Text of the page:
Corsair HS1A ReviewnVidia_Freak -
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Disregarding Dolby Headphone for a moment, Corsair's second headset, apart from some negligible, minor differences, is identical to the HS1. Overall this is a good thing, because the HS1 is hugely comfortable and constructed very well. The quality that Corsair put into the HS1 is also present in the HS1A, without a doubt., and, I can see that the HS1A is aimed at gamers that don't have any USB ports available or want to use their soundcard. However, the lack of Dolby Headphone and the price that the HS1A is sold for, particularly when compared to the HS1, makes it a somewhat poor deal. Just take a look; the HS1 can be had for $90, and the HS1A for $75. Dolby Headphone is what made the HS1 a unique and excellent headset when it was released and sold for $120, and not just a comfy, durable headset. It was, and even more so now is, very worth the money. Take away Dolby Headphone and you get the HS1A. Yes, The HS1A is comfortable and is not cheaply put together, but, if you're willing to put down close to $100 for a headset, spend the extra $15 and go for the HS1. It delivers more, and though neither the HS1 or HS1A is even a decent choice for music, the HS1 is far better for movies and games, which is what you'd want a headset for.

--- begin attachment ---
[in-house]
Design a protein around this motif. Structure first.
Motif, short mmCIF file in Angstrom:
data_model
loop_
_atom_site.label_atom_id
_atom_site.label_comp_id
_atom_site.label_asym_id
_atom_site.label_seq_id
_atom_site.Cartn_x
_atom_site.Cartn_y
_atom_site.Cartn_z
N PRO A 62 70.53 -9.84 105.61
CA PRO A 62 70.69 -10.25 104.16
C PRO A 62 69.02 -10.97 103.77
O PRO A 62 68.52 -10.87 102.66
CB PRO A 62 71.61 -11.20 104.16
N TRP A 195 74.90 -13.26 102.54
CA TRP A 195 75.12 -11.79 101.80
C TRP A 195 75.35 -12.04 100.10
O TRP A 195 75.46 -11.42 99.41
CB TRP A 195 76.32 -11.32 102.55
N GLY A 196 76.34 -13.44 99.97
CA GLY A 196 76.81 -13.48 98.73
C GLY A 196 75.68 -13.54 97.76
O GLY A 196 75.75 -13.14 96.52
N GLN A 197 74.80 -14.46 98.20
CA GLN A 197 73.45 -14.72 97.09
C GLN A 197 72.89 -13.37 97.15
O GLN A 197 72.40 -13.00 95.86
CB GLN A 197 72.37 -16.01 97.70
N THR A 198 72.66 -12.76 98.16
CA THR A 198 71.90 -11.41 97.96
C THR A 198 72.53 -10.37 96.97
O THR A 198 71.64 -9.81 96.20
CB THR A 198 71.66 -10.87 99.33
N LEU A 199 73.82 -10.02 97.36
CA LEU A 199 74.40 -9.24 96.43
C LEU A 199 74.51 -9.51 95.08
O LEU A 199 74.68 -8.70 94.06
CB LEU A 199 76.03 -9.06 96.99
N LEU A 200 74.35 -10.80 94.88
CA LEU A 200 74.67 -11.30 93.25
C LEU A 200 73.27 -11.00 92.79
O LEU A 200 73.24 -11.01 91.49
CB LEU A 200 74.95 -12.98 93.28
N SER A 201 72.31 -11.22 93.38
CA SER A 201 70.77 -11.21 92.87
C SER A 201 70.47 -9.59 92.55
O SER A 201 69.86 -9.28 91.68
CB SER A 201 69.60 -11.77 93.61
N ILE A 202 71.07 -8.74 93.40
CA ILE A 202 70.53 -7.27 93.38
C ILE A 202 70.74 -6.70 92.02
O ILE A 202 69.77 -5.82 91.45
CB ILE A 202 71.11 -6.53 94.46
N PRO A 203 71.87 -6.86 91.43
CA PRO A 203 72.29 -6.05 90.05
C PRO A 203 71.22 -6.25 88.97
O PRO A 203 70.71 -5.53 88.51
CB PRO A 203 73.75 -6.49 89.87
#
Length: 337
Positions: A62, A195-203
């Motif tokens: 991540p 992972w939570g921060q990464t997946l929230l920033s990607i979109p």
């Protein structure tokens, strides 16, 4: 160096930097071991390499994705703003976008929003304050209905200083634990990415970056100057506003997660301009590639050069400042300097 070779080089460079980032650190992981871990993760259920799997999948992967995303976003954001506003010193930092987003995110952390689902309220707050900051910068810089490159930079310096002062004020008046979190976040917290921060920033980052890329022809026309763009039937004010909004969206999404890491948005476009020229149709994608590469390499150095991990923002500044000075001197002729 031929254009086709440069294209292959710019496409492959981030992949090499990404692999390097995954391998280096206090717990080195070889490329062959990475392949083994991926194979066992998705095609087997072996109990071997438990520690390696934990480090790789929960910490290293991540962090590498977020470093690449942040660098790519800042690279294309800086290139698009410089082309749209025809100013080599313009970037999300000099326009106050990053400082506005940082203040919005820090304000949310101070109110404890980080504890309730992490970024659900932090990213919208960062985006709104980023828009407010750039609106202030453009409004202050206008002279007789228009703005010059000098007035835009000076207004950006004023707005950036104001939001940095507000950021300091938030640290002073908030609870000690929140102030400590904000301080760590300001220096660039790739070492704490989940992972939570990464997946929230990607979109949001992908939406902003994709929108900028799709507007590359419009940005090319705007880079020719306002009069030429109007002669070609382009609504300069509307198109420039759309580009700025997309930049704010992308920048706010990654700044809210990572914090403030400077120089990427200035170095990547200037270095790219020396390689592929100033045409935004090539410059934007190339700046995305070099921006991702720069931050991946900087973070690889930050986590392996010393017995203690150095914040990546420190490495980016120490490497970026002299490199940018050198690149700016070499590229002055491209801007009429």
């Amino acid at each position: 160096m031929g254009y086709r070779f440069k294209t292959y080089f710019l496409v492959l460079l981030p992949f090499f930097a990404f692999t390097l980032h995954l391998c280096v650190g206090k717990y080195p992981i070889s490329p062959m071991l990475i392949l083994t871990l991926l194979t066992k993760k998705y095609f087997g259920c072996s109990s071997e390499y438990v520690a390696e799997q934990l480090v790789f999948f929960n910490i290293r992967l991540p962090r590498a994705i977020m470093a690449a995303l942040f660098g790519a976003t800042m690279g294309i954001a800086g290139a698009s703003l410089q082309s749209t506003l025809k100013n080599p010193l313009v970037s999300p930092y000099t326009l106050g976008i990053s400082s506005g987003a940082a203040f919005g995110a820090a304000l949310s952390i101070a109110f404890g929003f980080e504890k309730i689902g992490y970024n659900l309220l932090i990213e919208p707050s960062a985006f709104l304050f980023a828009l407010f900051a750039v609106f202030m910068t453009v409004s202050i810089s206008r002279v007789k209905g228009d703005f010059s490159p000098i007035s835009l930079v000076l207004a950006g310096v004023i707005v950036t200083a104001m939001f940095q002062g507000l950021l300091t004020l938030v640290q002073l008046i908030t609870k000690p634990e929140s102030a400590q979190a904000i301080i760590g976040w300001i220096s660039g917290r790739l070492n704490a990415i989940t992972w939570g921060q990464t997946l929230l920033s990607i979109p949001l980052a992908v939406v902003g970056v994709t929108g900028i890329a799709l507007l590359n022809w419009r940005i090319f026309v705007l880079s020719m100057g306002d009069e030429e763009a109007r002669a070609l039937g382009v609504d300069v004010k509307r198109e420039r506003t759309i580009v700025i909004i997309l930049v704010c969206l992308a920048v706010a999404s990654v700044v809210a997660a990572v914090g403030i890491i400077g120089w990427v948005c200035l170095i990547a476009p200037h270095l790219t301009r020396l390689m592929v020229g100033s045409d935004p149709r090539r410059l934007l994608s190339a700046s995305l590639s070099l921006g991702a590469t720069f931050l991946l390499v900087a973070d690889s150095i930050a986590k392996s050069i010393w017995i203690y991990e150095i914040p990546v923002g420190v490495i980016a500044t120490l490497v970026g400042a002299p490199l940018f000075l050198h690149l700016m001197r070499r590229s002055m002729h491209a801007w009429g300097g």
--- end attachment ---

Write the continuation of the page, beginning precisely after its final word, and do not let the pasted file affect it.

The HS1A is certainly a high quality headset and certainly worthy of a little more money than something from Labtec or even Ozone, but, it's not worth as much money is it is, especially when the HS1 is available for very little more. Even without Dolby Headphone, if the HS1A was priced at $50, I would heartily recommend it, because it is much better than cheaper headsets. However, because it lacks Dolby Headphone and is only $15 cheaper than the HS1, the HS1A just isn't a good value. So, if you want to buy the HS1A, don't: buy the HS1.
- Sturdy construction
- Comfortable, even after lengthy usage
- Second set of earpads provided
- Necessary lack of Dolby Headphone technology
- Not the best for music, again.
- Overshadowed by HS1